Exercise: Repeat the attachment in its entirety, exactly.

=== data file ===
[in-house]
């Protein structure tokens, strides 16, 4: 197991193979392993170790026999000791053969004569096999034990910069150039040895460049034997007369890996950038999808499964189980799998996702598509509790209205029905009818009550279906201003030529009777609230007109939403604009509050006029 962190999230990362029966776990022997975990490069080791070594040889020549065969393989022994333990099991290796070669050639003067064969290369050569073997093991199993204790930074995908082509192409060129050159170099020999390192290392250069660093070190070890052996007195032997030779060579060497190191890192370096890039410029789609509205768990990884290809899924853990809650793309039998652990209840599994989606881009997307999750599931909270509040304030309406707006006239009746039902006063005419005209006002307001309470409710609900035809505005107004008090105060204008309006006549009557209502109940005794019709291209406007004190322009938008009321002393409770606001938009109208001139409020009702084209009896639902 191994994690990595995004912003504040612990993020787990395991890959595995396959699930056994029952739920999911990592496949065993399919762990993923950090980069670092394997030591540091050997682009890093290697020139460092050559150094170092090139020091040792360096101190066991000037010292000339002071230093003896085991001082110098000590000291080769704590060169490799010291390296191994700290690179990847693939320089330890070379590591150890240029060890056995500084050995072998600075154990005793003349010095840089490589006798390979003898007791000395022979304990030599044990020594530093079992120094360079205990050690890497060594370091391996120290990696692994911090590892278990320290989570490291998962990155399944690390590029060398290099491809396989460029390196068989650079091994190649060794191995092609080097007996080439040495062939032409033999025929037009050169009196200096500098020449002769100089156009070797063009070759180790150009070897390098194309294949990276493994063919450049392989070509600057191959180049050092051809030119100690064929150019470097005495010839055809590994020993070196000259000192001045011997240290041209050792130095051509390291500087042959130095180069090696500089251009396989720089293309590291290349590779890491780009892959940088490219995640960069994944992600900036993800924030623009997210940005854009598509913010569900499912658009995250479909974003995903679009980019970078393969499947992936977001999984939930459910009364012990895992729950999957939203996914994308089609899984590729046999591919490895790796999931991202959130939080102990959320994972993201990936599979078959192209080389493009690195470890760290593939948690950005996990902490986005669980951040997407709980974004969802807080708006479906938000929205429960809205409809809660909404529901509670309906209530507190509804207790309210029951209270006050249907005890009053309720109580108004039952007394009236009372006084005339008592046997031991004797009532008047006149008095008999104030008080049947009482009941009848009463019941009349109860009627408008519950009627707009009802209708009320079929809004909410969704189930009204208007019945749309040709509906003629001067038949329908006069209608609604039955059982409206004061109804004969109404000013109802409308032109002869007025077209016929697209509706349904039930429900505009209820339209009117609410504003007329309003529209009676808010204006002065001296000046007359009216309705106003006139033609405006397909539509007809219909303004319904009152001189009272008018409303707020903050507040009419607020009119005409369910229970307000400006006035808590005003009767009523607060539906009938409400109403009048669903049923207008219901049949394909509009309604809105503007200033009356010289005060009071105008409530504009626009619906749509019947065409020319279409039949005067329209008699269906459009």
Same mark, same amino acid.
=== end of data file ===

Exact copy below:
[in-house]
């Protein structure tokens, strides 16, 4: 197991193979392993170790026999000791053969004569096999034990910069150039040895460049034997007369890996950038999808499964189980799998996702598509509790209205029905009818009550279906201003030529009777609230007109939403604009509050006029 962190999230990362029966776990022997975990490069080791070594040889020549065969393989022994333990099991290796070669050639003067064969290369050569073997093991199993204790930074995908082509192409060129050159170099020999390192290392250069660093070190070890052996007195032997030779060579060497190191890192370096890039410029789609509205768990990884290809899924853990809650793309039998652990209840599994989606881009997307999750599931909270509040304030309406707006006239009746039902006063005419005209006002307001309470409710609900035809505005107004008090105060204008309006006549009557209502109940005794019709291209406007004190322009938008009321002393409770606001938009109208001139409020009702084209009896639902 191994994690990595995004912003504040612990993020787990395991890959595995396959699930056994029952739920999911990592496949065993399919762990993923950090980069670092394997030591540091050997682009890093290697020139460092050559150094170092090139020091040792360096101190066991000037010292000339002071230093003896085991001082110098000590000291080769704590060169490799010291390296191994700290690179990847693939320089330890070379590591150890240029060890056995500084050995072998600075154990005793003349010095840089490589006798390979003898007791000395022979304990030599044990020594530093079992120094360079205990050690890497060594370091391996120290990696692994911090590892278990320290989570490291998962990155399944690390590029060398290099491809396989460029390196068989650079091994190649060794191995092609080097007996080439040495062939032409033999025929037009050169009196200096500098020449002769100089156009070797063009070759180790150009070897390098194309294949990276493994063919450049392989070509600057191959180049050092051809030119100690064929150019470097005495010839055809590994020993070196000259000192001045011997240290041209050792130095051509390291500087042959130095180069090696500089251009396989720089293309590291290349590779890491780009892959940088490219995640960069994944992600900036993800924030623009997210940005854009598509913010569900499912658009995250479909974003995903679009980019970078393969499947992936977001999984939930459910009364012990895992729950999957939203996914994308089609899984590729046999591919490895790796999931991202959130939080102990959320994972993201990936599979078959192209080389493009690195470890760290593939948690950005996990902490986005669980951040997407709980974004969802807080708006479906938000929205429960809205409809809660909404529901509670309906209530507190509804207790309210029951209270006050249907005890009053309720109580108004039952007394009236009372006084005339008592046997031991004797009532008047006149008095008999104030008080049947009482009941009848009463019941009349109860009627408008519950009627707009009802209708009320079929809004909410969704189930009204208007019945749309040709509906003629001067038949329908006069209608609604039955059982409206004061109804004969109404000013109802409308032109002869007025077209016929697209509706349904039930429900505009209820339209009117609410504003007329309003529209009676808010204006002065001296000046007359009216309705106003006139033609405006397909539509007809219909303004319904009152001189009272008018409303707020903050507040009419607020009119005409369910229970307000400006006035808590005003009767009523607060539906009938409400109403009048669903049923207008219901049949394909509009309604809105503007200033009356010289005060009071105008409530504009626009619906749509019947065409020319279409039949005067329209008699269906459009």
Same mark, same amino acid.